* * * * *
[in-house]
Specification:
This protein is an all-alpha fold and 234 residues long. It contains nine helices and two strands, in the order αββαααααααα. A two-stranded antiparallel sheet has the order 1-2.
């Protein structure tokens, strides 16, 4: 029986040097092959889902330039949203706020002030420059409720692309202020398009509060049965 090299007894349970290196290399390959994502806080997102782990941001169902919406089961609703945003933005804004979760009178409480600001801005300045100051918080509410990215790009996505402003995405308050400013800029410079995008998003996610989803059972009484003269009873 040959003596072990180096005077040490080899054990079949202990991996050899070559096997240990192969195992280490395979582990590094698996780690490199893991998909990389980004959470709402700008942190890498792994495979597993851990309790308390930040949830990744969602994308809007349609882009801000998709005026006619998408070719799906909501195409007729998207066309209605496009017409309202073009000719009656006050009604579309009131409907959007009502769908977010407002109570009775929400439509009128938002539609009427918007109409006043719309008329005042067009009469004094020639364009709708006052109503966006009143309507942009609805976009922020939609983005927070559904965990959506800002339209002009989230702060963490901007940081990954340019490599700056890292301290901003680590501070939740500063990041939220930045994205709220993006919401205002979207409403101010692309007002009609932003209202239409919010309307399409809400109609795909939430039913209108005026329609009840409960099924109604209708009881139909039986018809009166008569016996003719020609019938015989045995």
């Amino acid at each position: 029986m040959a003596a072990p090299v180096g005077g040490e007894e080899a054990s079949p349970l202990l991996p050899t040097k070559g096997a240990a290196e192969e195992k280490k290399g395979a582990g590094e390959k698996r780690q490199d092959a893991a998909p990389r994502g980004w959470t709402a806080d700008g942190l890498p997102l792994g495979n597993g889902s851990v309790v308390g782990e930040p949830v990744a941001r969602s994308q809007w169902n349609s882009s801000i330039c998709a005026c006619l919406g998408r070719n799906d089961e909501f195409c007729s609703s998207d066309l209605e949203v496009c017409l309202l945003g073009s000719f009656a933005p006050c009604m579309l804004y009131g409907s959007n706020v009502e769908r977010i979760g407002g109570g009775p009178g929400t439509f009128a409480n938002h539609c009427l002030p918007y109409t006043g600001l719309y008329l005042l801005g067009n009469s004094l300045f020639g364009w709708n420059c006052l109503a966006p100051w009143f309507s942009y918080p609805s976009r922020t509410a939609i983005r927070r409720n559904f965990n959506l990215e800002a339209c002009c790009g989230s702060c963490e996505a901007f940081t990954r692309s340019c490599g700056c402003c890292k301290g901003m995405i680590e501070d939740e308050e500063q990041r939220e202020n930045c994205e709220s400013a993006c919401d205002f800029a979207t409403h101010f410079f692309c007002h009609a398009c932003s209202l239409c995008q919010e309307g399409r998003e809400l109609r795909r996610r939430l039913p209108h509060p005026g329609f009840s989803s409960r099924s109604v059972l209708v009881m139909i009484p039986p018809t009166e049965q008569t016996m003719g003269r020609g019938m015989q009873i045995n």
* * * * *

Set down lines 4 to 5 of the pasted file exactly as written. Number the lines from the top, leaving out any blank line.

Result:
């Protein structure tokens, strides 16, 4: 029986040097092959889902330039949203706020002030420059409720692309202020398009509060049965 090299007894349970290196290399390959994502806080997102782990941001169902919406089961609703945003933005804004979760009178409480600001801005300045100051918080509410990215790009996505402003995405308050400013800029410079995008998003996610989803059972009484003269009873 040959003596072990180096005077040490080899054990079949202990991996050899070559096997240990192969195992280490395979582990590094698996780690490199893991998909990389980004959470709402700008942190890498792994495979597993851990309790308390930040949830990744969602994308809007349609882009801000998709005026006619998408070719799906909501195409007729998207066309209605496009017409309202073009000719009656006050009604579309009131409907959007009502769908977010407002109570009775929400439509009128938002539609009427918007109409006043719309008329005042067009009469004094020639364009709708006052109503966006009143309507942009609805976009922020939609983005927070559904965990959506800002339209002009989230702060963490901007940081990954340019490599700056890292301290901003680590501070939740500063990041939220930045994205709220993006919401205002979207409403101010692309007002009609932003209202239409919010309307399409809400109609795909939430039913209108005026329609009840409960099924109604209708009881139909039986018809009166008569016996003719020609019938015989045995």
């Amino acid at each position: 029986m040959a003596a072990p090299v180096g005077g040490e007894e080899a054990s079949p349970l202990l991996p050899t040097k070559g096997a240990a290196e192969e195992k280490k290399g395979a582990g590094e390959k698996r780690q490199d092959a893991a998909p990389r994502g980004w959470t709402a806080d700008g942190l890498p997102l792994g495979n597993g889902s851990v309790v308390g782990e930040p949830v990744a941001r969602s994308q809007w169902n349609s882009s801000i330039c998709a005026c006619l919406g998408r070719n799906d089961e909501f195409c007729s609703s998207d066309l209605e949203v496009c017409l309202l945003g073009s000719f009656a933005p006050c009604m579309l804004y009131g409907s959007n706020v009502e769908r977010i979760g407002g109570g009775p009178g929400t439509f009128a409480n938002h539609c009427l002030p918007y109409t006043g600001l719309y008329l005042l801005g067009n009469s004094l300045f020639g364009w709708n420059c006052l109503a966006p100051w009143f309507s942009y918080p609805s976009r922020t509410a939609i983005r927070r409720n559904f965990n959506l990215e800002a339209c002009c790009g989230s702060c963490e996505a901007f940081t990954r692309s340019c490599g700056c402003c890292k301290g901003m995405i680590e501070d939740e308050e500063q990041r939220e202020n930045c994205e709220s400013a993006c919401d205002f800029a979207t409403h101010f410079f692309c007002h009609a398009c932003s209202l239409c995008q919010e309307g399409r998003e809400l109609r795909r996610r939430l039913p209108h509060p005026g329609f009840s989803s409960r099924s109604v059972l209708v009881m139909i009484p039986p018809t009166e049965q008569t016996m003719g003269r020609g019938m015989q009873i045995n």